A group of big American banks has injected $30bn into a smaller regional bank, First Republic, to avert the crisis in the sector.
The move came as authorities in the US are trying to quell panic over the health of the banking system, after the collapse of Silicon Valley Bank last week and Signature Bank on Sunday.
Worries about the sector have spread globally, raising fears of a crisis.
US regulators called the move “most welcome”, while the banks, which included JP Morgan Chase, Citigroup and Bank of America, said their action reflected their “confidence”.
They said the banking system had plenty of cash and made big profits.
“Recent events did nothing to change this,” they said. “The actions of America’s largest banks reflect their confidence in the country’s banking system.”
Troubled First Republic
Founded in 1985, First Republic had $212 billion in assets and $176.4 billion in deposits as of the end of last year, according to its annual report.
About 70% of its deposits are uninsured, above the median of 55% for medium-sized banks, and the third highest in the group after Silicon Valley Bank and Signature Bank, according to a Bank of America note.
Reports of plans for aid from the 11 banks helped lift financial markets and sent shares in First Republic surging more than 20% at one point, triggering trading halts.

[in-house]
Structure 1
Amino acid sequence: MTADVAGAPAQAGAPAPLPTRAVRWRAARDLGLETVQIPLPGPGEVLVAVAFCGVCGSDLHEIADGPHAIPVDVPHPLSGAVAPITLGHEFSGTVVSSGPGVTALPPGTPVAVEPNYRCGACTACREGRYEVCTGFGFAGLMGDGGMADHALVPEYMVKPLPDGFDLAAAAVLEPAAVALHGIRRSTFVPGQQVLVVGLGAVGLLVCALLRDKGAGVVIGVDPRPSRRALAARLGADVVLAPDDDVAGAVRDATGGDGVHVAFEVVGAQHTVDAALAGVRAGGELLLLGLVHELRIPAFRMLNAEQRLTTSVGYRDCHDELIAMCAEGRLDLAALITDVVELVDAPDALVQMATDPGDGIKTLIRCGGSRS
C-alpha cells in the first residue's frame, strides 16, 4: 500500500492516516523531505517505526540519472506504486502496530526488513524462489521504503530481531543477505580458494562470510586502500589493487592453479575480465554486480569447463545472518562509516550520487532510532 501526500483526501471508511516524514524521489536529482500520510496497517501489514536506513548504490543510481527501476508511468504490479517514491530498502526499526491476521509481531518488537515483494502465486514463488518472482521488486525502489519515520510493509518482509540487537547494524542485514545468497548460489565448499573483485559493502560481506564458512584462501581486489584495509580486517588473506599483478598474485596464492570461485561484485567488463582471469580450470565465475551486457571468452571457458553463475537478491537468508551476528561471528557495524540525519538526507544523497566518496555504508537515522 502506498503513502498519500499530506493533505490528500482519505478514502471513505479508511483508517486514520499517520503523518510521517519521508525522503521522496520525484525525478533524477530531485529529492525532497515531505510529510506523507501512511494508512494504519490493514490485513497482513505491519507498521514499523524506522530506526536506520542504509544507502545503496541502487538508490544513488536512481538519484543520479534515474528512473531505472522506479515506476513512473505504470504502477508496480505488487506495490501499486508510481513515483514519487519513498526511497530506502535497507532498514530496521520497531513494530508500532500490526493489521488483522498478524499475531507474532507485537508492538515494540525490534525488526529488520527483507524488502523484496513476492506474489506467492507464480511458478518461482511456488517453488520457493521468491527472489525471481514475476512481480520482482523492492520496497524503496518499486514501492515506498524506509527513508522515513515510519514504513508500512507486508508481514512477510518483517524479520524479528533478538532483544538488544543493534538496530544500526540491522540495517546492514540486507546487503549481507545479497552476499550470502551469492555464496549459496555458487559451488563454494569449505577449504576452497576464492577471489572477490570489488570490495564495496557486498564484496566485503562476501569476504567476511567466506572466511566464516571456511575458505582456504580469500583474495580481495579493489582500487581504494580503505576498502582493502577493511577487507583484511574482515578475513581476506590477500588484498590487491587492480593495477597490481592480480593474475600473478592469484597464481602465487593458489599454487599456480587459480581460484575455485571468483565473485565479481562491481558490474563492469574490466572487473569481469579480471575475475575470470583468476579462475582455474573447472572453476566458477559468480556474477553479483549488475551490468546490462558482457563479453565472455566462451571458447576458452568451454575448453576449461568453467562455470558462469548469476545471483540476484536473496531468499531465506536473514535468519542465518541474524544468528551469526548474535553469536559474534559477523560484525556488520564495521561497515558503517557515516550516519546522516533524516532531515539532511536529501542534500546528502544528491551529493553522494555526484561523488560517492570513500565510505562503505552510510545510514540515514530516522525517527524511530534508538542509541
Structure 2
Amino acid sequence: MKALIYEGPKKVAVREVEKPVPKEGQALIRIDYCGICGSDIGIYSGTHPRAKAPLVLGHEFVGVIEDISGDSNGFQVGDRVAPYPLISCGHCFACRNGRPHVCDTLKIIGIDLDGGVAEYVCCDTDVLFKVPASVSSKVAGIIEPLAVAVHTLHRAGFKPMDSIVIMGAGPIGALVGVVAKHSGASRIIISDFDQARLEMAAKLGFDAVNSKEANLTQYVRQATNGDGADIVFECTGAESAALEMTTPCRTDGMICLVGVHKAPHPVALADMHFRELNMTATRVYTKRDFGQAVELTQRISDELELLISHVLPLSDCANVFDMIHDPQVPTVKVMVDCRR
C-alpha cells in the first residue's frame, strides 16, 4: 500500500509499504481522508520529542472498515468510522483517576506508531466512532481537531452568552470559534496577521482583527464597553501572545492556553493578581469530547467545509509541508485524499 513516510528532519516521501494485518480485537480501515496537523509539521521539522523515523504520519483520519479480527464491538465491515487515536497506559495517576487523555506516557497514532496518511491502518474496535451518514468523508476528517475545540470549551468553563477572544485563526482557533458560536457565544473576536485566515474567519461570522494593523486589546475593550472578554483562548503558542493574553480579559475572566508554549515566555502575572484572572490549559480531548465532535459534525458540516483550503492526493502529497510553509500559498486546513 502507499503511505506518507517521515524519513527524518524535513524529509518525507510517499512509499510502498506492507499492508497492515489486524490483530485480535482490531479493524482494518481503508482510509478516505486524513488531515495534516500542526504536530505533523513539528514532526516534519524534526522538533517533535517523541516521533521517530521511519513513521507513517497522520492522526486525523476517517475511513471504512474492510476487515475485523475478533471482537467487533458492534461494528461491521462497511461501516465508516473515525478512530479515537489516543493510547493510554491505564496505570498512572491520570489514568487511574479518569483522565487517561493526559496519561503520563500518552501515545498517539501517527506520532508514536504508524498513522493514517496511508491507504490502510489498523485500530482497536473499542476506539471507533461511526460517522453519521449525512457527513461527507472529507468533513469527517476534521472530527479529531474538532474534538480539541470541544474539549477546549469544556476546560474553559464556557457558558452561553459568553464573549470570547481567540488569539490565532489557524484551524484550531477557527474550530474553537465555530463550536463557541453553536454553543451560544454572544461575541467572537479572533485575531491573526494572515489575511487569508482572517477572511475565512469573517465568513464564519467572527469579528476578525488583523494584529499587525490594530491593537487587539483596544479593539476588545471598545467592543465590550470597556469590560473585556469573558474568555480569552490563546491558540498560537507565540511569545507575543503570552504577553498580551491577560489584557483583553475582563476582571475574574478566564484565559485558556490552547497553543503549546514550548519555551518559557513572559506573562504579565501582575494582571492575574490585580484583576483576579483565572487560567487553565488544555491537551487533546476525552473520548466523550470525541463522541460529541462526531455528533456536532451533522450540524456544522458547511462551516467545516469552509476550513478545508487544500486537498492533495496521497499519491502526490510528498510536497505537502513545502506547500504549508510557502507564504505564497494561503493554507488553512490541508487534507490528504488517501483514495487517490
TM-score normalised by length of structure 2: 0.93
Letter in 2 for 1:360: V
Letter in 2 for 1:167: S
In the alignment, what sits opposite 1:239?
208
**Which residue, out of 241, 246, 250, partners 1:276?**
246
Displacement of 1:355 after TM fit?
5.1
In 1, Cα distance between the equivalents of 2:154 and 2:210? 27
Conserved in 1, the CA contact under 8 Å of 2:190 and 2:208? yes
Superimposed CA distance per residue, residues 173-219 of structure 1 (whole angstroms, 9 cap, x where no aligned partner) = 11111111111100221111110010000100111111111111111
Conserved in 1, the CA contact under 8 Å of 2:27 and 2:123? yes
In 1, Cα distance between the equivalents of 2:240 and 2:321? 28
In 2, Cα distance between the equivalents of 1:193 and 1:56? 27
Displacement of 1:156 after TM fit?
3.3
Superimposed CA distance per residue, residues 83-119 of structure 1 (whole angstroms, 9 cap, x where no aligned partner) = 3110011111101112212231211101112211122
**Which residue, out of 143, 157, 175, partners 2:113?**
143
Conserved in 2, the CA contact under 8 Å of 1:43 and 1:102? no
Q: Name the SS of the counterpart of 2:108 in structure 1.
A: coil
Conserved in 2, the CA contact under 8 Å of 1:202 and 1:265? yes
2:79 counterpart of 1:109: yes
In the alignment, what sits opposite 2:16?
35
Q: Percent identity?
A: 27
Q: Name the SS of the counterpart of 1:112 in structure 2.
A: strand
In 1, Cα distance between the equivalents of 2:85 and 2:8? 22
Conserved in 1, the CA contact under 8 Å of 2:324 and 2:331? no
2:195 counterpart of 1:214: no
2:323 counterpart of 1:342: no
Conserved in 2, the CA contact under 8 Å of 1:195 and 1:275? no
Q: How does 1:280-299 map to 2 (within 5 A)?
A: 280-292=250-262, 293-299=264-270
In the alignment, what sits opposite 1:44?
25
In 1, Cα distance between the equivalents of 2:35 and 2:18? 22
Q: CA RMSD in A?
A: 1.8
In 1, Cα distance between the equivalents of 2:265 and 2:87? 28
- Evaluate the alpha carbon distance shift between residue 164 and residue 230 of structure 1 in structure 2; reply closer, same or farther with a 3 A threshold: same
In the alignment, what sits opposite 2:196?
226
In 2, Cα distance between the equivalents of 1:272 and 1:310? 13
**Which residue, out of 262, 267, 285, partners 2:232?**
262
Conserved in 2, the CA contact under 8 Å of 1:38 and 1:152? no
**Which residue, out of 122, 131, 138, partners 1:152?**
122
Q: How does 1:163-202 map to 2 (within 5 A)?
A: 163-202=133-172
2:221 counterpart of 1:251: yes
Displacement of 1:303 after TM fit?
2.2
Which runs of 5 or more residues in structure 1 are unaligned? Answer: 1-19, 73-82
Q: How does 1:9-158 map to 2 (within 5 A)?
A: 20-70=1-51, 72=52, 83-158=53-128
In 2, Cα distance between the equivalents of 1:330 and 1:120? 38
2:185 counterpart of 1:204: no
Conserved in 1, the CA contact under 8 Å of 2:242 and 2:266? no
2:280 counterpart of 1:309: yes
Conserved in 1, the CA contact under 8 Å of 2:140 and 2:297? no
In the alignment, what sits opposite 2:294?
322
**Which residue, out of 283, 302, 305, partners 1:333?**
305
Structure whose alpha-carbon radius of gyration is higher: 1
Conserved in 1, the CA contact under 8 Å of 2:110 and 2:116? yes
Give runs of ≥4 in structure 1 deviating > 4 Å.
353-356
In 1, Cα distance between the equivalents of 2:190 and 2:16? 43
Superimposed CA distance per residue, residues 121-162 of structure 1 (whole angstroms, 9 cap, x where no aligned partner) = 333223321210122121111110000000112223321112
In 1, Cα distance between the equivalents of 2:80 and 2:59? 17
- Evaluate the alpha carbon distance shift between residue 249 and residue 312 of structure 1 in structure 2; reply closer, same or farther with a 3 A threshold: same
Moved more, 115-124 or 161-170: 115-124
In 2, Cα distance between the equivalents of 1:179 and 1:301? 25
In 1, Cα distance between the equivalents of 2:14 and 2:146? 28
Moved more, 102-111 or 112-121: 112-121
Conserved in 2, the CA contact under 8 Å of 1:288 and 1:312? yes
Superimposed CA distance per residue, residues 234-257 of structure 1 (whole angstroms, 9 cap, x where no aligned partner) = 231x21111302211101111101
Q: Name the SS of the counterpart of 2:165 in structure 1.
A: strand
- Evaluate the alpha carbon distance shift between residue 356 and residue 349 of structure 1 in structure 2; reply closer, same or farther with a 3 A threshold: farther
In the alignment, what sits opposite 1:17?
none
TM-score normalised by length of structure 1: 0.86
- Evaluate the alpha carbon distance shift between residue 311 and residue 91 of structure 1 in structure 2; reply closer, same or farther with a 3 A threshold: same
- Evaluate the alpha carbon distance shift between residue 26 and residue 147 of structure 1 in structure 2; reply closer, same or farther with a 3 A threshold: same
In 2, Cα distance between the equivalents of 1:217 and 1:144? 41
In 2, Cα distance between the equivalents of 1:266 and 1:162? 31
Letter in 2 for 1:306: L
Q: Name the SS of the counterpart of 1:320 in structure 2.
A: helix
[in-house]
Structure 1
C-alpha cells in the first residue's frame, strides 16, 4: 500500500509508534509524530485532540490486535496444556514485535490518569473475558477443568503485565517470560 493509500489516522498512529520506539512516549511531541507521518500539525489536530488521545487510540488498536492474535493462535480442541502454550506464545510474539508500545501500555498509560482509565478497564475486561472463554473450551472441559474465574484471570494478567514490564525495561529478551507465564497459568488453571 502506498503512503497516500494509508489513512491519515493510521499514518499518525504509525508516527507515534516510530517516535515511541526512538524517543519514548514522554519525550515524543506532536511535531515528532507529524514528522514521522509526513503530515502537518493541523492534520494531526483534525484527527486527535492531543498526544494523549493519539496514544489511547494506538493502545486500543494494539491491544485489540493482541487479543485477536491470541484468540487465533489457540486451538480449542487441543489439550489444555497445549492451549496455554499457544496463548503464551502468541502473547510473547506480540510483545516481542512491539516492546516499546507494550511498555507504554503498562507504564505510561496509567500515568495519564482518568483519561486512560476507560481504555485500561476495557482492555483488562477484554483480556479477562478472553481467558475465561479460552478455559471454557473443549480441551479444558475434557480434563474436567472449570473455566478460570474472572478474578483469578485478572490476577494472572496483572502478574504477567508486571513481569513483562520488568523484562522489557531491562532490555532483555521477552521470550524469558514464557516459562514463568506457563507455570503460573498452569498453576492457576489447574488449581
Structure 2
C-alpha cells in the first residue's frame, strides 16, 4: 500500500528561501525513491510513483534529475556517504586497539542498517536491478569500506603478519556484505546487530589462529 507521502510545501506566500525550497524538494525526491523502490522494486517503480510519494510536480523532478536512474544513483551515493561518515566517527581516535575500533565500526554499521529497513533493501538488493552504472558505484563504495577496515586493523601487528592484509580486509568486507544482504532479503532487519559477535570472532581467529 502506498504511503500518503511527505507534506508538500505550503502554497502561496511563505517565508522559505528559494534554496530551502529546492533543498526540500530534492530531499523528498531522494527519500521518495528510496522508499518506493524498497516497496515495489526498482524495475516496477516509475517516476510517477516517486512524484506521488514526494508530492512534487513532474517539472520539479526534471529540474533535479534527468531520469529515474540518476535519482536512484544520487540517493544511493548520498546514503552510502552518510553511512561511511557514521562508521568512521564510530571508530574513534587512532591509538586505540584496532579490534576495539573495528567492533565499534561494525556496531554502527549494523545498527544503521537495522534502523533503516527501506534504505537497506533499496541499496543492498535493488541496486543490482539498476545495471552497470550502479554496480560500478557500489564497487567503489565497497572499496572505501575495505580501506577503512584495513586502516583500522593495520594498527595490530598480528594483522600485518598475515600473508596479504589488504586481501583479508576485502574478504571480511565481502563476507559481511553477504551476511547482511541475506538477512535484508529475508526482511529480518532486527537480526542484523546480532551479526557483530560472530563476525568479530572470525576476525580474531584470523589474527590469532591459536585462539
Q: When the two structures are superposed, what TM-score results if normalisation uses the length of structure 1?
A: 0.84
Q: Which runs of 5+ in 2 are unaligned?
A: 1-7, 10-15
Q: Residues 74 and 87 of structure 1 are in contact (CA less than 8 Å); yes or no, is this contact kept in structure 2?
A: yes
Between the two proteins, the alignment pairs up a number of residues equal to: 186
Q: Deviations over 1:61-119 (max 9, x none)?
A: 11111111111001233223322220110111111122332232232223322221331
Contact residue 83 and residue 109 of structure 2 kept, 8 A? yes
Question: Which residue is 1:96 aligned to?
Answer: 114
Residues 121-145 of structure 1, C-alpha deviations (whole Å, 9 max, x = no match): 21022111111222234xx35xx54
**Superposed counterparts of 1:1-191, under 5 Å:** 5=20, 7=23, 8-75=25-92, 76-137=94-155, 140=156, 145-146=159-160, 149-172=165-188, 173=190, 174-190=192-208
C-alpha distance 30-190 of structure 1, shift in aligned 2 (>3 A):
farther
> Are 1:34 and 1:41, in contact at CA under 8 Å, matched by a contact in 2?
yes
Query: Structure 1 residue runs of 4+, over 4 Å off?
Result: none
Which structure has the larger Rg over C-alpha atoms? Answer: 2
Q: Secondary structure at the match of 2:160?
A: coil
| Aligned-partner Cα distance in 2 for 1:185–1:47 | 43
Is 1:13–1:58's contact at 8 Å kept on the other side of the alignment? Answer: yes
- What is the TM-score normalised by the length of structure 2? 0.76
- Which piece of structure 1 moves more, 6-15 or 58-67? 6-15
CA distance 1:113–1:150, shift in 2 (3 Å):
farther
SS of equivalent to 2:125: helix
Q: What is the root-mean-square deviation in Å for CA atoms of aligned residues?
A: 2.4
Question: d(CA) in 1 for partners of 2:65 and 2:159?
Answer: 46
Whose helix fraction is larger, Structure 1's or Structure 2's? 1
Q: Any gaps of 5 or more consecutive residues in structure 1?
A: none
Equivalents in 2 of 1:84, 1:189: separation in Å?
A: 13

The bank had seen its share price plunge nearly 70% over the last week, as investors worried it was the next bank at risk of a rush of customers withdrawing their deposits.
Investors’ relief was short-lived
However, as Reuters reports, the San Francisco-based bank’s shares fell 17% in extended trading on Thursday, despite the unprecedented show of support.
Investors’ relief was short-lived, Reuters says. The bank’s shares, which had closed 10% higher after a volatile day that saw trading halted 17 times, slumped in after-market trading. Volume hit 15.6 million shares in the post-market session.
The reversal came after First Republic said in a filing that it was suspending its dividend. It also said it had a cash position of about $34 billion, excluding the $30 billion in new deposits.
Credit Suisse gets lifeline to avert a global crisis
Investors’ fears were temporarily eased after Credit Suisse’s announcement late Wednesday that it accepted a $53 billion lifeline from the Swiss National Bank for its own crisis, after shares of the Swiss lender tumbled.
Shares in Credit Suisse fell 24 percent on Wednesday after it said it had found “weakness” in its financial reporting. This prompted a general sell-off in European markets, and fears of a broader financial crisis.
The bank called the loan a “decisive action to pre-emptively strengthen its liquidity.”
In addition to the loan from the central bank, Credit Suisse also said it repurchased billions of dollars of its own debt to manage its liabilities and interest payment expenses. The offer covers $2.5 billion of US dollar bonds and €500 million ($529 million) of euro bonds.
Problems in the banking sector surfaced in the US last week when Silicon Valley Bank (SVB), the country’s 16th-largest lender, collapsed in the biggest failure of a US bank since 2008.
That was followed two days later by the failure of New York’s Signature Bank.